Our achievements in 2018-2019 The assisted bathing service and rental of the bathroom commenced in July 2018. It has proved popular for those experiencing difficulty with maintaining personal care and bathing at home, which is something often reported by carers as being one of the most challenging and controversial issues to manage within the home. Our first two bathing customers used the bathroom in June 2018; one was a customer in Day Breaks whilst the other was an external customer who booked in just to have a bath. Since then, the number of sessions has risen from 4 in its first month to 47 per month nine months later in March 2019.

2. To offer a wider range of therapy and treatment sessions and increase the availability so more customers can benefit.

“It has made a great difference to me. It is lovely to wallow in a bath. It has also helped with my skin and my arthritis.� Iris


Carers Support Caring for the carers The initial feasibility study identified a gap in provision and support for carers, with a specific dementia focus and understanding. These needs directly influenced the creation of our unique Wayfinding Service, which provides support for both the person with dementia and their carer including extended family.

The Smart Zone Technology to keep people living independently Technology and equipment can be invaluable for helping people living with memory loss to remain independent in their own home for as long as possible. With the innovative dementia technology and equipment on display in The Smart Zone in Sage House we can demonstrate to people what is available. Customers can also sample the latest innovations, to help them make informed decisions about the right product for their circumstances. We also help access grant funding that can contribute towards the cost.

This year saw the development of our Empowering Carers course which is available to the whole family. This new programme was designed to specifically support carers and families with practical advice, support and training following feedback of this gap in local service provision during early 2018. Sage House also hosts the monthly meeting for the Carers Support West Sussex partnership.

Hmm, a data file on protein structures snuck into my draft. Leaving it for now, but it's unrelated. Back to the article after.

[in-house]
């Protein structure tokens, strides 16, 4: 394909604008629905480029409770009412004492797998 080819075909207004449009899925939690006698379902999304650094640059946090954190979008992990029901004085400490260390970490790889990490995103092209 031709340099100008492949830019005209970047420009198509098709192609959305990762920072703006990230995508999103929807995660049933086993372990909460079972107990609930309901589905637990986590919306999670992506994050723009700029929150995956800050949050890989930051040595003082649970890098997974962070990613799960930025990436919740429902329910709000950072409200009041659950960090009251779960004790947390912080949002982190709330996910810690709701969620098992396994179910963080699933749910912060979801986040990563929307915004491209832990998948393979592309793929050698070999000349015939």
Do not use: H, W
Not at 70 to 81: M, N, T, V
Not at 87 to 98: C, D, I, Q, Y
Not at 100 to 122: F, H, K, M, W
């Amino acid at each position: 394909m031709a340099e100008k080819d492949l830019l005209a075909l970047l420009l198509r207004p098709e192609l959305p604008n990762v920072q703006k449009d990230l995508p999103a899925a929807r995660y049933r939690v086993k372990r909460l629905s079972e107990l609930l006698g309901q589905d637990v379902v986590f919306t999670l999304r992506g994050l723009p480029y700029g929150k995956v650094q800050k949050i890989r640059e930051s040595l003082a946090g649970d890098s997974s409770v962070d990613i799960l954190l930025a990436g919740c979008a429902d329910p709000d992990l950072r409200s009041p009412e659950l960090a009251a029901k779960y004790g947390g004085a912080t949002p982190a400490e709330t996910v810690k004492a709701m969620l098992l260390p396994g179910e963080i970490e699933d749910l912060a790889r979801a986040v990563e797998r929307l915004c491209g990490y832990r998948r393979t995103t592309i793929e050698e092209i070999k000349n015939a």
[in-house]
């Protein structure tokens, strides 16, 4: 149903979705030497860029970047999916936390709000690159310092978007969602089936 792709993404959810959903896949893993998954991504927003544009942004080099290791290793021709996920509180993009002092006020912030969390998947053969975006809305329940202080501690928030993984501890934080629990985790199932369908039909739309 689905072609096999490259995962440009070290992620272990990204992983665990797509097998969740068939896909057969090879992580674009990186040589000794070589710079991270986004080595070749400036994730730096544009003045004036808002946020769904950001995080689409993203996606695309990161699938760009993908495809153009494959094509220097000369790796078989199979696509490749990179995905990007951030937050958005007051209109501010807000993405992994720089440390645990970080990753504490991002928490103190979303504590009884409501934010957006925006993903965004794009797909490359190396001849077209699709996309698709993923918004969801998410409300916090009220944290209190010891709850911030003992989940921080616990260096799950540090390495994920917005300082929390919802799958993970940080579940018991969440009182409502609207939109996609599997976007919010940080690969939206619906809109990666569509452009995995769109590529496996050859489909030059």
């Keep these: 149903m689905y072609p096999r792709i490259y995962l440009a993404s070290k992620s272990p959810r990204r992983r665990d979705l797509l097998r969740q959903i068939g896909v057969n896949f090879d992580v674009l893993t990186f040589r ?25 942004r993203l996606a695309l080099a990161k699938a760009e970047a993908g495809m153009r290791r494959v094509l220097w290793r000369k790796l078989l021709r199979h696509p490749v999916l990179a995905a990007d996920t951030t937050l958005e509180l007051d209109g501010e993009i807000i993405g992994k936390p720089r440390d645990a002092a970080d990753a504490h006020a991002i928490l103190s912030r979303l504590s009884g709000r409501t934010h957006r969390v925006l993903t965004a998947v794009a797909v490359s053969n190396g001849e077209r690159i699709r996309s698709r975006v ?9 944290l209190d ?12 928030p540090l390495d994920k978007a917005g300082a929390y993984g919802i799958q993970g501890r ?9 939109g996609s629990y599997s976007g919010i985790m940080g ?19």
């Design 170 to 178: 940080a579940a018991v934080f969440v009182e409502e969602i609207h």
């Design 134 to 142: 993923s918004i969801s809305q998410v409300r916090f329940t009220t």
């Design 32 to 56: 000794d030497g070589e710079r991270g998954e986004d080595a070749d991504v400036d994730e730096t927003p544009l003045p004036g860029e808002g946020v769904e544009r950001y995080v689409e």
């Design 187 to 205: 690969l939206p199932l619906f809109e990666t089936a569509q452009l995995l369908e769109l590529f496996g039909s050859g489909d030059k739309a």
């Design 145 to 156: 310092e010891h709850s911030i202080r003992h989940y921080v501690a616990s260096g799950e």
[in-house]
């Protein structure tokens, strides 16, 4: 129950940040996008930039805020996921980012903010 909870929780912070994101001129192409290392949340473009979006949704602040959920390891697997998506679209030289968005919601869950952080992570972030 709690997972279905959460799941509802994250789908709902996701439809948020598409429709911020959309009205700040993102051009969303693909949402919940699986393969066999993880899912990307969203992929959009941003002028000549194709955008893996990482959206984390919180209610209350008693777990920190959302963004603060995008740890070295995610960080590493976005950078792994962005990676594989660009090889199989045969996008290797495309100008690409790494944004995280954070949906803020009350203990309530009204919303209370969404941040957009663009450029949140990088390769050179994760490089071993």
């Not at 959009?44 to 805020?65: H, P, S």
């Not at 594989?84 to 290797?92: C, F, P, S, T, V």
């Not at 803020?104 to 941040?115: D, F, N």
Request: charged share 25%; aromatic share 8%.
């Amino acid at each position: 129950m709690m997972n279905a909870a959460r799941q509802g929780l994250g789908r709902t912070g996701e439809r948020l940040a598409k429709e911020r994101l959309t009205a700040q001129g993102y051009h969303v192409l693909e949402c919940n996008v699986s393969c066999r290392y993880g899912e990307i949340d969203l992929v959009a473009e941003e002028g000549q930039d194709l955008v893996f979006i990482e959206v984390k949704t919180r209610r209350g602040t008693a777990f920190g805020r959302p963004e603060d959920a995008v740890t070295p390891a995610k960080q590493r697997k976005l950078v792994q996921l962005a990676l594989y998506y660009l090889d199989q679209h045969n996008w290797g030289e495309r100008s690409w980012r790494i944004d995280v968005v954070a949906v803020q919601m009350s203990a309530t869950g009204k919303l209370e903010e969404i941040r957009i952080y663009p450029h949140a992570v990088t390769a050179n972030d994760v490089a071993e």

1. Develop partnerships across our area to support carers in the community.

The Smart Wall was installed in December 2018 to display the technologies available to customers to support independence.

To deliver a Be Smart Be Safe Day three times a year to promote the opportunities of independent living.

As part of the Wayfinding Service, volunteers run ‘chatter tables’ twice a week within Daisy’s Café. This offers carers with an informal opportunity to just drop-in and have a chat with someone who is there to listen. Over this year we have seen barriers broken down and friendships formed.

Our objectives for 2019-2020:

Our achievements in 2018-2019

Our objectives for 2019-2020:

Our achievements in 2018-2019:

2. Support carers based in the community by When we were young and impetuous, my husband Kim and I bought a derelict property on a small island on the Thames which we spent two years renovating! I have fond memories of bringing up our sons in the home we built together. I was diagnosed with dementia when I was 60. We’ve both benefited from many of the activities on offer at Sage House and feel part of their family - Kay

delivering our Empowering Carers course in community-based locations.


Daisy’s Café

Our objectives for 2019-2020: